Because I took a long siesta on the way up, I found I was pressed for time to invest walking around the lakes. I ended up walking the last mile of the trail back to the car in the dark. The tips for the trail: Bring a hat. Wear a long sleave shirt. Bring sun sreen. Don't bring a dog. Above every, be prepared to enjoy wildflowers and scenery.

White VioletDromedary PeakAlpine buttercupReflecting on Sundial PeakSouth Fork Mill B Drainage

Monday, May 14, 2007

Legislating Morality

The first shot at this post was too long and confusing. I had been listening to shows where people were going at each other on different topics. The first part of the post was trying to say that you can think something is wrong, but still think it should be legal.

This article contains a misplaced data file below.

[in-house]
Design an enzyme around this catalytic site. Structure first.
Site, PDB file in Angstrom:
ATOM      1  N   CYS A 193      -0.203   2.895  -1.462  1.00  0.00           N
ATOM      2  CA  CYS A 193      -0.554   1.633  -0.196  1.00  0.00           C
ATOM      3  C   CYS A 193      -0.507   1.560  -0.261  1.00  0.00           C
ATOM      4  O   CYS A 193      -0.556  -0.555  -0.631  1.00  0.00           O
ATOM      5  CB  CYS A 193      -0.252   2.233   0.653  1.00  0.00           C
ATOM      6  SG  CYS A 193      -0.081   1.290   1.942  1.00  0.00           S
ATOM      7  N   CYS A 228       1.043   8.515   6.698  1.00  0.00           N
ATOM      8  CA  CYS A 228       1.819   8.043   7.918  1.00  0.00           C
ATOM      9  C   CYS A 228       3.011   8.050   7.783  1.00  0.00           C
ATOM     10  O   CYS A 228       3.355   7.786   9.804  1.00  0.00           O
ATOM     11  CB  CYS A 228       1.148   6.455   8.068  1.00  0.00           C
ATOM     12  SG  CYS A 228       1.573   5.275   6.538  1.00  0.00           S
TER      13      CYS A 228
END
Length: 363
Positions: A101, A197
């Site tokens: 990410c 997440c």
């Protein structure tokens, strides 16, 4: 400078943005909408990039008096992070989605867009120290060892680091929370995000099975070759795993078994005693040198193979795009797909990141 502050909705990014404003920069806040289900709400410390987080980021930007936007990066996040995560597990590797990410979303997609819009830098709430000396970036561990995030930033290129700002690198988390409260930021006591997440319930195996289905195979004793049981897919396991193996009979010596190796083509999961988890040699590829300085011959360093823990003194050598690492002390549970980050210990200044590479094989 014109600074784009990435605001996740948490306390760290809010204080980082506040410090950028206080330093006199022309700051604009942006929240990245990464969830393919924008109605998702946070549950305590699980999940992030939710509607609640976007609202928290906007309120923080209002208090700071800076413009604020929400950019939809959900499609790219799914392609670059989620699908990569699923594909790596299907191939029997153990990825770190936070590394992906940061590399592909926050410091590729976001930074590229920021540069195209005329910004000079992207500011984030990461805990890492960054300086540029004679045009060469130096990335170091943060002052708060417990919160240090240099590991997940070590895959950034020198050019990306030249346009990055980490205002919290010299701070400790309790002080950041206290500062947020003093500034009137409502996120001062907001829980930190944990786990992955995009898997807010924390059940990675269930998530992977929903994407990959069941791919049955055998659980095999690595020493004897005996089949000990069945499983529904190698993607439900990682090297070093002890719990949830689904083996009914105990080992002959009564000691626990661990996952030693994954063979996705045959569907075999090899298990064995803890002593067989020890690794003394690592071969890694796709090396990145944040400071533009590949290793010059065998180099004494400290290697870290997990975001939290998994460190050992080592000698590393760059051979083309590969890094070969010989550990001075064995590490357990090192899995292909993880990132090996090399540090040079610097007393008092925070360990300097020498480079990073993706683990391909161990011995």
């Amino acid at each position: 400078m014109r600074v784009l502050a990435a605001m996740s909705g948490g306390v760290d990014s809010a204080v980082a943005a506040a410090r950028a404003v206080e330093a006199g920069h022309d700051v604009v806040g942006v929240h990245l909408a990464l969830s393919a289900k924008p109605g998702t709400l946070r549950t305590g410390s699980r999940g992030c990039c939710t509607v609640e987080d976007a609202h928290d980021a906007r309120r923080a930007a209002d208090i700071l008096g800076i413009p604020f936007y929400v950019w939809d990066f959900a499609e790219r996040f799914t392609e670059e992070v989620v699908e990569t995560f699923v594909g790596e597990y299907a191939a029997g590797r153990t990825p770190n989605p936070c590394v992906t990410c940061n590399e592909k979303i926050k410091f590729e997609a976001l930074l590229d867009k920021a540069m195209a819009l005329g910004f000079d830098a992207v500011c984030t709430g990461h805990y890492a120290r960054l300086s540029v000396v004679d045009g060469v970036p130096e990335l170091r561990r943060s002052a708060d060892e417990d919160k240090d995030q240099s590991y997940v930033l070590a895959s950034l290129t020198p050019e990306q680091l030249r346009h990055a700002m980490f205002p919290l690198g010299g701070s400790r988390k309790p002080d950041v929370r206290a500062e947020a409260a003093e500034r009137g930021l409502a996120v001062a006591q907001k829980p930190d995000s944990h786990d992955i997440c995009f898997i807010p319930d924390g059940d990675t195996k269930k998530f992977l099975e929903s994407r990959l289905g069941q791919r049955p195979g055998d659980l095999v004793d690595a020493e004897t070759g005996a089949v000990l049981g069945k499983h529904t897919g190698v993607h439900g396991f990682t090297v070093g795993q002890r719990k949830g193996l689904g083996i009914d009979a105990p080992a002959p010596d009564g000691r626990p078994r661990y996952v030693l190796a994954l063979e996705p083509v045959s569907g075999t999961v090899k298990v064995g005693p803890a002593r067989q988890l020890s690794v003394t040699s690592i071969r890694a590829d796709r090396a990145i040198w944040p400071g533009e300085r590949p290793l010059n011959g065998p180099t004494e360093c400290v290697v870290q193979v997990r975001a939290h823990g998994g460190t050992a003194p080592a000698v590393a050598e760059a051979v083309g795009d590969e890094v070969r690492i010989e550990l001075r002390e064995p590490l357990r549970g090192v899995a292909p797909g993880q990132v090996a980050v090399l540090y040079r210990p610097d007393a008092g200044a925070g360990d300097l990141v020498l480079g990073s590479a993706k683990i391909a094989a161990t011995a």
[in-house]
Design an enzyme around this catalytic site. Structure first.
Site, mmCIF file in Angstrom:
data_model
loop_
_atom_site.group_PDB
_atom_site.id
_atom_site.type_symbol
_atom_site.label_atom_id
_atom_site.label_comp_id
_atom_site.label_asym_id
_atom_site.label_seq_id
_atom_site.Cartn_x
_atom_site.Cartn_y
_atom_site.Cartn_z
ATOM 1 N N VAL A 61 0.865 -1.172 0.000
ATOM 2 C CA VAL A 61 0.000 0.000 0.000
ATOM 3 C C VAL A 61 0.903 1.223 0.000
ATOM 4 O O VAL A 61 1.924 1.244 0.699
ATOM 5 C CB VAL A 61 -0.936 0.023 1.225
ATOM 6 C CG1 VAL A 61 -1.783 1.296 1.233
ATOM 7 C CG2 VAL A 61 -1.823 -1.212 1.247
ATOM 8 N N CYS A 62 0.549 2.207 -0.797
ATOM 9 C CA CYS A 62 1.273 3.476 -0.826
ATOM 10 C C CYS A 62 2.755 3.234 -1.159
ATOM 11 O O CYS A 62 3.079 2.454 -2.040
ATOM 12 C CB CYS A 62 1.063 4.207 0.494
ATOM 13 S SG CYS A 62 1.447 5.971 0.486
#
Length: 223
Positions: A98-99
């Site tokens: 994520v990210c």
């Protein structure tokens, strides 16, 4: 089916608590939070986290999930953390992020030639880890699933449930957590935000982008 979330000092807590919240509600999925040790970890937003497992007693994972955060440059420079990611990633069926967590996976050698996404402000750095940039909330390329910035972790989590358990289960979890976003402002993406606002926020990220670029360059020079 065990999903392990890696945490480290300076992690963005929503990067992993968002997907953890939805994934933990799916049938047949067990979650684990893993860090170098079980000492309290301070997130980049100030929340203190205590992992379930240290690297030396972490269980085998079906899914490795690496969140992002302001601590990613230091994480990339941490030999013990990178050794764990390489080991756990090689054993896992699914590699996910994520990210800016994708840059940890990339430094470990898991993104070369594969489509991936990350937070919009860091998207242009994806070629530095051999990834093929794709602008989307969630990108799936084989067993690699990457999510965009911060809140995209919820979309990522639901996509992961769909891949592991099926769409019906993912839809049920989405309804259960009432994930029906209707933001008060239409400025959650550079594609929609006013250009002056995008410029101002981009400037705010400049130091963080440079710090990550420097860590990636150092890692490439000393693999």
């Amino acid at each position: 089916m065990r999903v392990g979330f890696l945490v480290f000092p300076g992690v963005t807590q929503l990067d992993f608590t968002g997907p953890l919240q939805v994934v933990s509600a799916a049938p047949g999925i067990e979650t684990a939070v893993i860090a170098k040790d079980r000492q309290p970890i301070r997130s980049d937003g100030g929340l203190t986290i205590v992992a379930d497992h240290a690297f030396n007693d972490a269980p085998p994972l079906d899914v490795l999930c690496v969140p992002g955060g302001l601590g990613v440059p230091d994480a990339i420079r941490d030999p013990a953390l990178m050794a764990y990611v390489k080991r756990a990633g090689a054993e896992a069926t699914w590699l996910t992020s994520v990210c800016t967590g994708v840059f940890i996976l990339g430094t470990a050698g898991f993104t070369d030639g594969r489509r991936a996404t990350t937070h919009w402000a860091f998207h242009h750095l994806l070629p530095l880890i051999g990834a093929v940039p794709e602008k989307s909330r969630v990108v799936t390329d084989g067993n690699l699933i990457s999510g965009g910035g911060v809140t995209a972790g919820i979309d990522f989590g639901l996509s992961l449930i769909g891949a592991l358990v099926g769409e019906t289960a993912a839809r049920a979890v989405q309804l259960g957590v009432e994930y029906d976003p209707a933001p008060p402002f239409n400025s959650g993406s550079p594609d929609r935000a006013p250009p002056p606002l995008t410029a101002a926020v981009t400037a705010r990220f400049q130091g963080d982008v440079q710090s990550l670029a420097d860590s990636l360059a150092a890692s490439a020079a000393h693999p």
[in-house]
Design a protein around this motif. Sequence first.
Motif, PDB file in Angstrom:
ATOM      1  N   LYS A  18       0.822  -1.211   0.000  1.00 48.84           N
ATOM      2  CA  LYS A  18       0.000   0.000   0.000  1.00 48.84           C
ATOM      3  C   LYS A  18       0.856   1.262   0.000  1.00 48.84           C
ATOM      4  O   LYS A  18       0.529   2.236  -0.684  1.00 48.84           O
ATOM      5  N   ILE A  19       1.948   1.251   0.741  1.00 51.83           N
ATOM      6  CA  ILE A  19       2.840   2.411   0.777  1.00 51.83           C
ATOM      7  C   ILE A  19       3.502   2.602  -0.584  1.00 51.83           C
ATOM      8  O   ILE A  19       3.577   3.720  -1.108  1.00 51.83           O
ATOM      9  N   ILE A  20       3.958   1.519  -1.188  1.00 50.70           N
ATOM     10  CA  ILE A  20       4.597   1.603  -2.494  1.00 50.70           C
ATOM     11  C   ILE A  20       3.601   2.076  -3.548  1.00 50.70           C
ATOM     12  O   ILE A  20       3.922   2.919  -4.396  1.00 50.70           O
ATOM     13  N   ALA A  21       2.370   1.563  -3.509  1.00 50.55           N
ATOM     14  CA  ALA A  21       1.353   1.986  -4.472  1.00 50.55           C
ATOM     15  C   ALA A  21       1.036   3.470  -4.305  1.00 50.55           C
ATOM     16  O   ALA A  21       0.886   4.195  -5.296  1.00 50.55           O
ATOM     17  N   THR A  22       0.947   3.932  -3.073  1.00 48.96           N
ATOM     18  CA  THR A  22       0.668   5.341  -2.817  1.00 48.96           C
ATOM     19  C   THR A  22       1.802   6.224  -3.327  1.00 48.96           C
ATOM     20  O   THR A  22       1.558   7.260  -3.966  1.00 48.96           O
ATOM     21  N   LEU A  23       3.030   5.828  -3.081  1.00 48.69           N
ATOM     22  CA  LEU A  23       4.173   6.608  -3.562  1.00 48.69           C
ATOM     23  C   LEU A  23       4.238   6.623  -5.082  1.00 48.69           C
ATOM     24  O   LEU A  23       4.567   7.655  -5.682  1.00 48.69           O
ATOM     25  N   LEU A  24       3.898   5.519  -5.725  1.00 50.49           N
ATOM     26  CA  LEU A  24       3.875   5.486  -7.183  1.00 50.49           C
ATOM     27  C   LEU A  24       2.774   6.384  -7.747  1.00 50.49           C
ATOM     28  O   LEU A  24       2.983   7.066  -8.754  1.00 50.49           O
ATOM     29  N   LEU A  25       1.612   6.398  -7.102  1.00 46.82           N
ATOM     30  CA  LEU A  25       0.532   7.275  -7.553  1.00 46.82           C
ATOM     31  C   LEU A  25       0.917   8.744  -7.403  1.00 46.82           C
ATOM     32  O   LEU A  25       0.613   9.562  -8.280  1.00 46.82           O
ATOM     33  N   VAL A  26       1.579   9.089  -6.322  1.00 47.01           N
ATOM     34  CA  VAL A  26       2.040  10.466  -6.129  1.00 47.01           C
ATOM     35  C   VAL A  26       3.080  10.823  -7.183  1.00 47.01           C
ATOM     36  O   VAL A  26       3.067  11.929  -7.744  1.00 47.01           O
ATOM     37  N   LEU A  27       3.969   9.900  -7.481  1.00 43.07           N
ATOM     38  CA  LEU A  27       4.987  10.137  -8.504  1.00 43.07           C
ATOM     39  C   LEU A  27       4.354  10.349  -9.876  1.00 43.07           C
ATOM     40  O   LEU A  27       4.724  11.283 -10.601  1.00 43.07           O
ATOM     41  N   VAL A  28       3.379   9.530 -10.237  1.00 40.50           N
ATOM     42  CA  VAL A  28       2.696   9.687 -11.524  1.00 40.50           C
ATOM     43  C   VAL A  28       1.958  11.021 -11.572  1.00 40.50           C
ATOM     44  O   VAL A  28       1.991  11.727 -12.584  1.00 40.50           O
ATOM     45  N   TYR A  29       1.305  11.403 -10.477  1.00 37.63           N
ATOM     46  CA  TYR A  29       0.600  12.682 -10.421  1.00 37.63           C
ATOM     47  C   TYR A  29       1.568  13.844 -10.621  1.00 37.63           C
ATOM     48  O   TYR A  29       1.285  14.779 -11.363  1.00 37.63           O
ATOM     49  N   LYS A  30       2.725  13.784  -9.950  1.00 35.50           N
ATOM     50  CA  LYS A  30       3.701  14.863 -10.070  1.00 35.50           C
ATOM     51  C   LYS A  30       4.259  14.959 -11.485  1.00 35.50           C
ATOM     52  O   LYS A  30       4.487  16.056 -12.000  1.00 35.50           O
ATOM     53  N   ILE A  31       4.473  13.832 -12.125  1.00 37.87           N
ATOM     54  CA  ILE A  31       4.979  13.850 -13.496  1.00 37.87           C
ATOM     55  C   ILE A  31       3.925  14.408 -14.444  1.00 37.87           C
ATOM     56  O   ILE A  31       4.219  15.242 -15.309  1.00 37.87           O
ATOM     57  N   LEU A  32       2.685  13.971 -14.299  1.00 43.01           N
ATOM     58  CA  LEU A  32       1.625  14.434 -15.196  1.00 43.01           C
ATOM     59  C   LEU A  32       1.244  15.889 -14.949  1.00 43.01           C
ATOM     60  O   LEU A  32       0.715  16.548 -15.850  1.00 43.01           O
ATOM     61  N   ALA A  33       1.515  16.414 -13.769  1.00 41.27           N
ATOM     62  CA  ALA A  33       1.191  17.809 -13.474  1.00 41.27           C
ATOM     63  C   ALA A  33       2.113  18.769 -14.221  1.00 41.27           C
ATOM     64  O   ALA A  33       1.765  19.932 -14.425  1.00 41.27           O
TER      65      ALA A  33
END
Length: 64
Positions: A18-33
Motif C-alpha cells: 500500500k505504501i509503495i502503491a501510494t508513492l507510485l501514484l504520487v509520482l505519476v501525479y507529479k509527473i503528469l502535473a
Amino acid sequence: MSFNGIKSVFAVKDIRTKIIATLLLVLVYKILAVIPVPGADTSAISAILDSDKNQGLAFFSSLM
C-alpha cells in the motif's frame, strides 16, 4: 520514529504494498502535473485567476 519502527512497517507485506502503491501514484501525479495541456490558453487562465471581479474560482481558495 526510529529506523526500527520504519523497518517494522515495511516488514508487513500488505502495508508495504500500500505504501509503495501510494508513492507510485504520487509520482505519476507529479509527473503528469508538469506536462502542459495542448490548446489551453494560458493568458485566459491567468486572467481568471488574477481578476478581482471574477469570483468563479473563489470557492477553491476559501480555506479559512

The idea that you have to "legislate your morality" leads to ruin. In the classical liberal view, the government should be concerned with setting limits on behavior and not on defining its ideals. The limits of the law should be outside what you personally consider acceptable behavior.

The second part of the post was trying to put forward the argument that the converse is also a path to folly. Just because something is legal does not mean it is good. The game where you make the limits of acceptable behavior your ideal also ends up leading to folly.

The long post did not adequately convey that idea. For that matter, I didn't realize it was long. I had listened to two different controversies. The first is a religious group wants to excommunicate politicians for voting for abortion. The second was an ACLU case where they sued someone for reacting to a provocation.